A doctor at Elkhart General Hospital says his staff is “overwhelmed” with flu patients in a season that’s turning out to be one of the worst he’s seen in years.
“Some days are absolutely horrible, and some days are just awful,” said Dr. David Van Ryn, an emergency physician with three decades of experience.
He said he’s been treating about 30-40% more people than during a normal period outside of the flu season. Most of the patients are stricken with seasonal influenza or complications from the virus, Van Ryn said.
“I think the national statistics are suggesting that this is the worst in about 10 years and that's the way it feels to us,” he said, comparing the 2012-2013 flu season to that of 2009, during the swine flu (H1N1) pandemic.
Staff are working extra hours just to keep up, Van Ryn said.
In some larger cities, like Chicago, crowded hospitals have had to turn new patients away, because there's just no room to treat them.
They haven't had to do that in Elkhart, but they've come close.
“We did have a point last week where our ICU was closed for part of the day just because there were so many sick patients in the intensive care unit,” said Van Ryn.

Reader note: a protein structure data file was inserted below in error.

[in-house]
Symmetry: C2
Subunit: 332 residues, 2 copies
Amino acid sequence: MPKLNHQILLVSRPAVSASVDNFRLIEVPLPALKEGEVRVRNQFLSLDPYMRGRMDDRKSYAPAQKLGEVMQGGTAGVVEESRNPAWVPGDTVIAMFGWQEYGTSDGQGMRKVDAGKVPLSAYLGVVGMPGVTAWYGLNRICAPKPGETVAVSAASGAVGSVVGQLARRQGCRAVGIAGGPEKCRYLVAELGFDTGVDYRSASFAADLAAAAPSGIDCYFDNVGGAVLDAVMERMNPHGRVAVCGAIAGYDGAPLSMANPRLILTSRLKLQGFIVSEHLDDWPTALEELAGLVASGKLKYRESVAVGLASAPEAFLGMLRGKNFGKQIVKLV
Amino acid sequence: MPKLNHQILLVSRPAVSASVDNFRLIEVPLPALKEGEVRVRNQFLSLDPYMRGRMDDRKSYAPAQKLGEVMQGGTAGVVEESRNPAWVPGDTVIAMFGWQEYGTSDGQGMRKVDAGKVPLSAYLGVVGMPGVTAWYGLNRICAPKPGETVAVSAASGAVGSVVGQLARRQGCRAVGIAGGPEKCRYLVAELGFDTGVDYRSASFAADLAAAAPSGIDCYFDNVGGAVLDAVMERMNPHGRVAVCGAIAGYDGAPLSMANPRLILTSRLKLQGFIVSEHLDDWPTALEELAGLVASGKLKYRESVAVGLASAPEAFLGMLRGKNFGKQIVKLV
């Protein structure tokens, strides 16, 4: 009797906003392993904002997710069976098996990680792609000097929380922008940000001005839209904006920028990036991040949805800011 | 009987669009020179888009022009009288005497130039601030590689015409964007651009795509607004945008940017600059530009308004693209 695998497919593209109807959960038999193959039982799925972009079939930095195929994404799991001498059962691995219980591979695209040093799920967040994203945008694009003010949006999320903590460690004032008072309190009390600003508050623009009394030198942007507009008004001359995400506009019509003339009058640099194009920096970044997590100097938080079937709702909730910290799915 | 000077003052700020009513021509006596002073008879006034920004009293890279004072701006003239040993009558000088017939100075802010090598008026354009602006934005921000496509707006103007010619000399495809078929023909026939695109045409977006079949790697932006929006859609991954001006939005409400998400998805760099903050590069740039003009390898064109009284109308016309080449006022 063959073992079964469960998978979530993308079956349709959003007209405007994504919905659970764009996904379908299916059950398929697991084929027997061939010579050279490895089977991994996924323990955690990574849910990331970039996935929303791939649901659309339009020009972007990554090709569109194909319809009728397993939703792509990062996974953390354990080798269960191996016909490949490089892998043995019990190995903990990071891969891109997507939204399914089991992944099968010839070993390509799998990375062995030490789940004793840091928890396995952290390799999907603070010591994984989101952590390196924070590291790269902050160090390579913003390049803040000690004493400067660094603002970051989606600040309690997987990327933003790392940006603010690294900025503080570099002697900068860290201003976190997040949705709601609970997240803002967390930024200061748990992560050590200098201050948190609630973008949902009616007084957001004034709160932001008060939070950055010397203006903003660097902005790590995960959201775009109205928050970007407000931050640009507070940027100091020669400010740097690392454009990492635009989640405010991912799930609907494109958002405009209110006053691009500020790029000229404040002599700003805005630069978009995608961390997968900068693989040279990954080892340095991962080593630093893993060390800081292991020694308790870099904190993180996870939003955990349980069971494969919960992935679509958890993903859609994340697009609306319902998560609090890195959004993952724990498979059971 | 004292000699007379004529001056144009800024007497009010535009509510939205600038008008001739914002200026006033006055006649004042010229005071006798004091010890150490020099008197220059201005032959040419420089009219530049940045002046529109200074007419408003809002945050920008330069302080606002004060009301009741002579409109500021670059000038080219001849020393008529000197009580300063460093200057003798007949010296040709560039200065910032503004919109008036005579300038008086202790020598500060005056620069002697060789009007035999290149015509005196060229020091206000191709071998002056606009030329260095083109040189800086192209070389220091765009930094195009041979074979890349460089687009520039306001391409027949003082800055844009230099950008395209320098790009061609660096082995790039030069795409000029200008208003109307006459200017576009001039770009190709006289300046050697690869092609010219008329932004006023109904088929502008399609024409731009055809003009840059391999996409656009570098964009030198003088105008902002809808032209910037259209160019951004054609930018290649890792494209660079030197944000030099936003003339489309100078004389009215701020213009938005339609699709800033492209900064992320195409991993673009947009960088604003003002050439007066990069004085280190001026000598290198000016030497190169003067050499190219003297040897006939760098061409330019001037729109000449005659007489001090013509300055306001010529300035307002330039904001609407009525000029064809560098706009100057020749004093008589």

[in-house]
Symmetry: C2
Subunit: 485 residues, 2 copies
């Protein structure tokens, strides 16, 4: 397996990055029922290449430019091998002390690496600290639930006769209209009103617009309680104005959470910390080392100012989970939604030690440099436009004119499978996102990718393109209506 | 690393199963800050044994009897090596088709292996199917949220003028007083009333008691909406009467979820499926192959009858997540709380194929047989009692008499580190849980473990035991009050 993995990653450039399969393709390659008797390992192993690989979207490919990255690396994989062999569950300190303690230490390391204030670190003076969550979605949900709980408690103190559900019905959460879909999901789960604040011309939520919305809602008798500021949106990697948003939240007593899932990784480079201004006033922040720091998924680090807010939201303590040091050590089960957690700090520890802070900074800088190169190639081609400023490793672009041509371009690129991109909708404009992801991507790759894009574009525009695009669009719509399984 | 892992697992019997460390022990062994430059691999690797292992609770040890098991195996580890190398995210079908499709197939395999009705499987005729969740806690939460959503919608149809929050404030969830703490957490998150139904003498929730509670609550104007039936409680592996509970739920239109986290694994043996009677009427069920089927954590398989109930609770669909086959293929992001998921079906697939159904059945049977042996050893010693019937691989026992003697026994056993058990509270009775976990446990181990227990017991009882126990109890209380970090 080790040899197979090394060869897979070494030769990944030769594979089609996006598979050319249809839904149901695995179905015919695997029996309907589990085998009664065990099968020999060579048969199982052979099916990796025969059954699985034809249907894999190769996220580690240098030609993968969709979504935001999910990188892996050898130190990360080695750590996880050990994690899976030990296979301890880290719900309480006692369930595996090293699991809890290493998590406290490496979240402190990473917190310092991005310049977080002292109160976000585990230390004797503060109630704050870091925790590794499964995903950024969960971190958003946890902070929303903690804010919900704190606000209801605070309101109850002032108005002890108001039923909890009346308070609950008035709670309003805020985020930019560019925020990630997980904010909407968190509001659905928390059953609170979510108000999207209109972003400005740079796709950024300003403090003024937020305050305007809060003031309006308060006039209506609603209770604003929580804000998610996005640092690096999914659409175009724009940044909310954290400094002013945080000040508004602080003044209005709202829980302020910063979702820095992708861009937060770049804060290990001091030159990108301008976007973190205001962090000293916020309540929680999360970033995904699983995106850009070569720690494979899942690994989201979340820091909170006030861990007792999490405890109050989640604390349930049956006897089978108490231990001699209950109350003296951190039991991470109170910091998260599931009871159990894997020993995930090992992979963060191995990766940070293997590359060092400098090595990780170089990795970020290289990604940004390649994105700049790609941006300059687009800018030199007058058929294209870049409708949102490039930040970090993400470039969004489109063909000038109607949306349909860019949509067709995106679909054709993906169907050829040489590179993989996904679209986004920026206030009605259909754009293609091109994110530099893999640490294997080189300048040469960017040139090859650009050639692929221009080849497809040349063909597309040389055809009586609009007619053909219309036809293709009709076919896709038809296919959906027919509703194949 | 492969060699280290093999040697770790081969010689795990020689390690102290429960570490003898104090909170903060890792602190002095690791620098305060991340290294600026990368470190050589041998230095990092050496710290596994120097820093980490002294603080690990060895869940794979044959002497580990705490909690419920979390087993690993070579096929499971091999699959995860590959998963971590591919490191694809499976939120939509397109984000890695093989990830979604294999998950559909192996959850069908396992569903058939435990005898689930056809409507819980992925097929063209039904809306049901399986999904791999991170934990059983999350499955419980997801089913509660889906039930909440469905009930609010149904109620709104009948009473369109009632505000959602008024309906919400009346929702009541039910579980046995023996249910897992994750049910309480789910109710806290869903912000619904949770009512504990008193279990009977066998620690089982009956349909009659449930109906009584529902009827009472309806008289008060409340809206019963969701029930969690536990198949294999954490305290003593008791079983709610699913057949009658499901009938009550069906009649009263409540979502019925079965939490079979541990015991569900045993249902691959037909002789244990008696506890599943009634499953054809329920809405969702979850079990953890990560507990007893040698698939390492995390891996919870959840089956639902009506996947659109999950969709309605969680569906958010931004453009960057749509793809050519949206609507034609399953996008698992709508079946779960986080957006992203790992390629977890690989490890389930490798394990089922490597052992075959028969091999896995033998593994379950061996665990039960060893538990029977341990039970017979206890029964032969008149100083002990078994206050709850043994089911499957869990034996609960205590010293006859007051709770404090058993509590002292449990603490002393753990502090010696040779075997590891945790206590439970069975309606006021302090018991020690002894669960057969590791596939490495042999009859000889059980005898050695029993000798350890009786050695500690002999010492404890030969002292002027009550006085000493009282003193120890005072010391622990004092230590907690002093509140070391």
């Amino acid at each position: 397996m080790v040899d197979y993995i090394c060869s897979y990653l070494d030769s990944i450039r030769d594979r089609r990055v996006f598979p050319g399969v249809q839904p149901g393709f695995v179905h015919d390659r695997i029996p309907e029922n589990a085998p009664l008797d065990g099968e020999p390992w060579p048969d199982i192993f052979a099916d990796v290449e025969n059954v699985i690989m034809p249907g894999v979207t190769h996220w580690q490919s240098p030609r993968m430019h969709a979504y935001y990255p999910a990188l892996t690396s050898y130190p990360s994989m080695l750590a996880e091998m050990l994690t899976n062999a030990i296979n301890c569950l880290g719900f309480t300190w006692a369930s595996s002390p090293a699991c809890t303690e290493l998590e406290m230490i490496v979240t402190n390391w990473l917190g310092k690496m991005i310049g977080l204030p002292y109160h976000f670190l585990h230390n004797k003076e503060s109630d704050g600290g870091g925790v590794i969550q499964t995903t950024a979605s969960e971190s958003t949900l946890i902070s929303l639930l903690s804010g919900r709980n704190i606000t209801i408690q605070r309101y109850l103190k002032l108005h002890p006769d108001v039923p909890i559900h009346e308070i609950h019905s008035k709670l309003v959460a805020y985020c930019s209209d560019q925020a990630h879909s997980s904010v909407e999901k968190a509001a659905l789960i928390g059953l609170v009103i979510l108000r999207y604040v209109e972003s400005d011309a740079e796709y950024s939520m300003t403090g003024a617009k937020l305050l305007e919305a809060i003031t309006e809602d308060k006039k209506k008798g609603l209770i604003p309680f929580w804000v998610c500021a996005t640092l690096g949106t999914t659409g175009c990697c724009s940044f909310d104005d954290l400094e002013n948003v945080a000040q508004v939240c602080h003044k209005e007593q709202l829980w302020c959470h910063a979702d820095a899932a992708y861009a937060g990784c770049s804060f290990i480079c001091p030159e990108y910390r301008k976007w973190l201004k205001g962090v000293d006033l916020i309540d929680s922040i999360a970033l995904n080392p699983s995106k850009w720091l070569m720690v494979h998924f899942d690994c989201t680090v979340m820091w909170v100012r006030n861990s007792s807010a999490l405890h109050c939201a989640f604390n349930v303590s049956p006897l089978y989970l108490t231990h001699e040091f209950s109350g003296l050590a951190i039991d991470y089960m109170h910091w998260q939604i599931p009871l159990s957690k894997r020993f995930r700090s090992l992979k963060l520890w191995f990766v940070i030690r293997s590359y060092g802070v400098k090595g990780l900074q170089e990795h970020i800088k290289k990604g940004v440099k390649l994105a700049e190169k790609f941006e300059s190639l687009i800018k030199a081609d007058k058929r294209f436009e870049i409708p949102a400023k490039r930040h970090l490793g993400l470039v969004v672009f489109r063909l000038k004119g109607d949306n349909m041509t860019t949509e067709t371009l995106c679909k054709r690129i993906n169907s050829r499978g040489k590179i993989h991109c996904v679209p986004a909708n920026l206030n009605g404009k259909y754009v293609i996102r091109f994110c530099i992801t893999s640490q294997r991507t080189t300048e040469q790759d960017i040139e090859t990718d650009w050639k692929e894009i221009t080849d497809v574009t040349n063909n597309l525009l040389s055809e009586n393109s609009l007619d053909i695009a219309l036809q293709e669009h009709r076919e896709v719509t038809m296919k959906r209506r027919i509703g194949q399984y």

A spokesperson for Memorial Hospital in South Bend said they haven't had to turn anyone away, though they are asking people with the flu to please not visit other patients.
Memorial has seen 150 confirmed cases of Influenza A and 10 cases of Influenza B since November. No deaths were reported at the hospital, the spokesman said.
A representative for St. Joseph Regional Medical Center was unavailable for comment.
Ten people in Indiana have died from the flu this season. There have been four deaths in Michigan.
While having a flu shot certainly helps, it's by no means a guarantee you won't get sick.
“We're seeing an unfortunate number of people who've had the injection in appropriate time frames and they're still getting sick,” said Van Ryn.